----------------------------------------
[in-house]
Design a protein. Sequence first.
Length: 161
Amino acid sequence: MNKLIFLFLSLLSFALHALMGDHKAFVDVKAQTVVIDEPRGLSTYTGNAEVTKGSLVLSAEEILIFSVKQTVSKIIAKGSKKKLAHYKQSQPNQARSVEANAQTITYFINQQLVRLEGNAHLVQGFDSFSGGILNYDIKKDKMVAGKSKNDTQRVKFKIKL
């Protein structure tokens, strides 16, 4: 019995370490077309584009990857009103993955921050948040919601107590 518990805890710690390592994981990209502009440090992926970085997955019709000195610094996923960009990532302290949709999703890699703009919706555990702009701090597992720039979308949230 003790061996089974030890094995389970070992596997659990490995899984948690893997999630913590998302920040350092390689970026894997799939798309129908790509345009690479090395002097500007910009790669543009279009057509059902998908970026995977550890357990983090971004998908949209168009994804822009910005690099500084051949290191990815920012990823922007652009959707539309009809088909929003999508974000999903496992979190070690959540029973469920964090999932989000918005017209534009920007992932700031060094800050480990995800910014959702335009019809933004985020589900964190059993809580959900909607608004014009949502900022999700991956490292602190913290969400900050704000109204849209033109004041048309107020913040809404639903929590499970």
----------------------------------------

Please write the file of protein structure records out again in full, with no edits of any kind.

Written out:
[in-house]
Design a protein. Sequence first.
Length: 161
Amino acid sequence: MNKLIFLFLSLLSFALHALMGDHKAFVDVKAQTVVIDEPRGLSTYTGNAEVTKGSLVLSAEEILIFSVKQTVSKIIAKGSKKKLAHYKQSQPNQARSVEANAQTITYFINQQLVRLEGNAHLVQGFDSFSGGILNYDIKKDKMVAGKSKNDTQRVKFKIKL
């Protein structure tokens, strides 16, 4: 019995370490077309584009990857009103993955921050948040919601107590 518990805890710690390592994981990209502009440090992926970085997955019709000195610094996923960009990532302290949709999703890699703009919706555990702009701090597992720039979308949230 003790061996089974030890094995389970070992596997659990490995899984948690893997999630913590998302920040350092390689970026894997799939798309129908790509345009690479090395002097500007910009790669543009279009057509059902998908970026995977550890357990983090971004998908949209168009994804822009910005690099500084051949290191990815920012990823922007652009959707539309009809088909929003999508974000999903496992979190070690959540029973469920964090999932989000918005017209534009920007992932700031060094800050480990995800910014959702335009019809933004985020589900964190059993809580959900909607608004014009949502900022999700991956490292602190913290969400900050704000109204849209033109004041048309107020913040809404639903929590499970």